Green Bathroom Germ Cleaning Kit
Take this simple quiz to dispel any myths you may have about where germs are found in the bathroom. Then follow these easy directions for making your own green bathroom sanitizing kit using ingredients most of us have in our cupboards. With this kit you will effectively clean away the germs where they really are, without contributing to the creation of drug-resistant superbugs that can be caused by the overuse of disinfectants.
The truth is that even if you wanted to, you can not sterilize your bathroom. If you want to reduce the germ population to keep things more sanitary, it helps to know where to put your efforts.
Where are the highest concentration of germs in the bathroom?
–Shower stall floor
Answer: The drains.
Where is the least germ-contaminated place in the bathroom?
–Shower stall floor
Answer: The toilet seat.
Does soap work to kill germs?
Even the Environmental Protection Agency (EPA) recommends using it to kill germs. Make sure you use real soap, not a detergent.
“Disinfectants” are registered with the EPA as pesticides and have at least a 99 percent “kill rate.” The green kit, below, only includes one product registered as a disinfectant, and it is 100 percent botanical. The rest of the recommendations are sanitizers from simple, natural ingredients and are not officially recognized disinfectants (I put this one product in for anyone who has a special need and believes they have good reason to use a “hospital grade” disinfectant with a 100 percent kill rate.)
As mentioned above, one good reason to avoid synthetic disinfectants (as opposed to one that is botanical), is that when chemical disinfectants kill off bacteria, a resistant strain grows in its stead that is harder to kill. The overuse of botanicals has not been found to cause the growth of superbugs.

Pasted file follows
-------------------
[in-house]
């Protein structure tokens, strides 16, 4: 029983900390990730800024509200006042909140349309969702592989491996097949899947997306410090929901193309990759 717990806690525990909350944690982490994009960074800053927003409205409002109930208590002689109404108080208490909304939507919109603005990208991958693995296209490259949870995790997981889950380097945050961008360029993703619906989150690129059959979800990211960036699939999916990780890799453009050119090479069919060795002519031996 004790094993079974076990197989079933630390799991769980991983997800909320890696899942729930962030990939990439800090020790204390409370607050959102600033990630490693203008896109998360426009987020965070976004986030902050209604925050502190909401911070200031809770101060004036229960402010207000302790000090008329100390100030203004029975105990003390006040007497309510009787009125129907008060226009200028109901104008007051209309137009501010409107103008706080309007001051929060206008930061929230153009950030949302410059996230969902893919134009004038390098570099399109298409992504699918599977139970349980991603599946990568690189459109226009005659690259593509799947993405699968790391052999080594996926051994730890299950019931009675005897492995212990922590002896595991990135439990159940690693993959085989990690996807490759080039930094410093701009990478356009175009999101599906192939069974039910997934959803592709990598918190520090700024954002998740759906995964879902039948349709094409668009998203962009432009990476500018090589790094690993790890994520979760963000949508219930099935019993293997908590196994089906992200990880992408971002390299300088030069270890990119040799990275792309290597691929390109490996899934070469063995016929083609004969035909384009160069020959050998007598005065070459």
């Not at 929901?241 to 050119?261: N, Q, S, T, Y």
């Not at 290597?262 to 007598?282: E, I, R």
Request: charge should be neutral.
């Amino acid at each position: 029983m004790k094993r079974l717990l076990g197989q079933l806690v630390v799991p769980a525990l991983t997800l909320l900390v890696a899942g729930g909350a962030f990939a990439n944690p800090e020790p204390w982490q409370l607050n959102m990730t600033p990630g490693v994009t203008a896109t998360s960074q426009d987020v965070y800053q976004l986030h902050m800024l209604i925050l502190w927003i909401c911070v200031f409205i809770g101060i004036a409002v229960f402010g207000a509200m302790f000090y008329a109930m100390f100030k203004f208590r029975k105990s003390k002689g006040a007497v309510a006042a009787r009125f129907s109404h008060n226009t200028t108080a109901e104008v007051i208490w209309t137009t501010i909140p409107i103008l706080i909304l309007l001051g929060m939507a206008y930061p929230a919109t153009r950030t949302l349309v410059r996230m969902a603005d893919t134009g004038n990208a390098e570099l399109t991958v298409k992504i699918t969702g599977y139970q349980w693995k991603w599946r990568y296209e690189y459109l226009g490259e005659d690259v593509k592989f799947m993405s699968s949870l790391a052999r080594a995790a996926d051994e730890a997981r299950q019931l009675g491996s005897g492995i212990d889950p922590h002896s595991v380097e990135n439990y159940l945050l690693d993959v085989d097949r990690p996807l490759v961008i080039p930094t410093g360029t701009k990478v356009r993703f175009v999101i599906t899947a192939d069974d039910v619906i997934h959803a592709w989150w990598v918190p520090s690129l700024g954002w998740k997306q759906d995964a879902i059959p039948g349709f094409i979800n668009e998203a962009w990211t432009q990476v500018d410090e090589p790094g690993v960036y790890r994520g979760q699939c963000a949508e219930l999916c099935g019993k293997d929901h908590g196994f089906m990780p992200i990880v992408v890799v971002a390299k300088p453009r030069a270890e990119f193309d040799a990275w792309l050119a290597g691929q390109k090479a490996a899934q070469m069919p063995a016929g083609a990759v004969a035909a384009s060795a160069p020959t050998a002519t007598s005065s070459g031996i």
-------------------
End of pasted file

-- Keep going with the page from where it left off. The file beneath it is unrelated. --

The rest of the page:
* White household distilled 5 percent vinegar. (I buy a gallon jug of this from my local supermarket, and keep it under the kitchen sink.) Vinegar has an 80 to 99 percent kill rate for viruses and bacteria.
* Liquid soap, such as Dr. Bronner’s. (I buy large bottles of this, too, and prefer to buy the type that includes a pure antibacterial essential oil, such as lavender.)
* Antibacterial essential oils such as tea tree oil, rosemary, thyme, and lavender. (These are also available at the health food store; they are expensive, but a little goes a long way.) To use, add 1 teaspoon of the essential oil to 1 cup of water and in a spray bottle, and spray. Do not rinse when you use this spray. (This smell is quite strong but it will dissipate in a few hours.)
* If you buy a disinfectant for special needs cases, research for one that is a 100 percent botanical, hospital-strength and EPA-registered. Some examples include Benefect.
* A few clean spray bottles.
Pour a cup or two of straight vinegar into a spray bottle and spray on the ring; pick up the toilet seat and spray around the top rim of the toilet and the backside of the seat. Do not rinse. (The smell will dissipate in a few hours.)
Alternative: Use the antibacterial essential oil spray mentioned above.
Pour 2 cups of straight vinegar down the drain a few times a week.
Add 2 tablespoons of liquid soap to 1 cup of water. Saturate a cloth and scrub the area. Rinse.
Alternative: Spray with the essential oil spray, above.
General Guidelines if Someone in the House is Sick
Frequent hand washing with soap and water is the most important preventative measure for everyone in the house. You can spray some of the antibacterial spray described under “ingredients” in the air as you would an air freshener, to kill germs, too, which is the protective measure used down the ages.
Caution: If anyone in the house is pregnant or has serious allergies, consult with a doctor before using essential oils.
By Annie B. Bond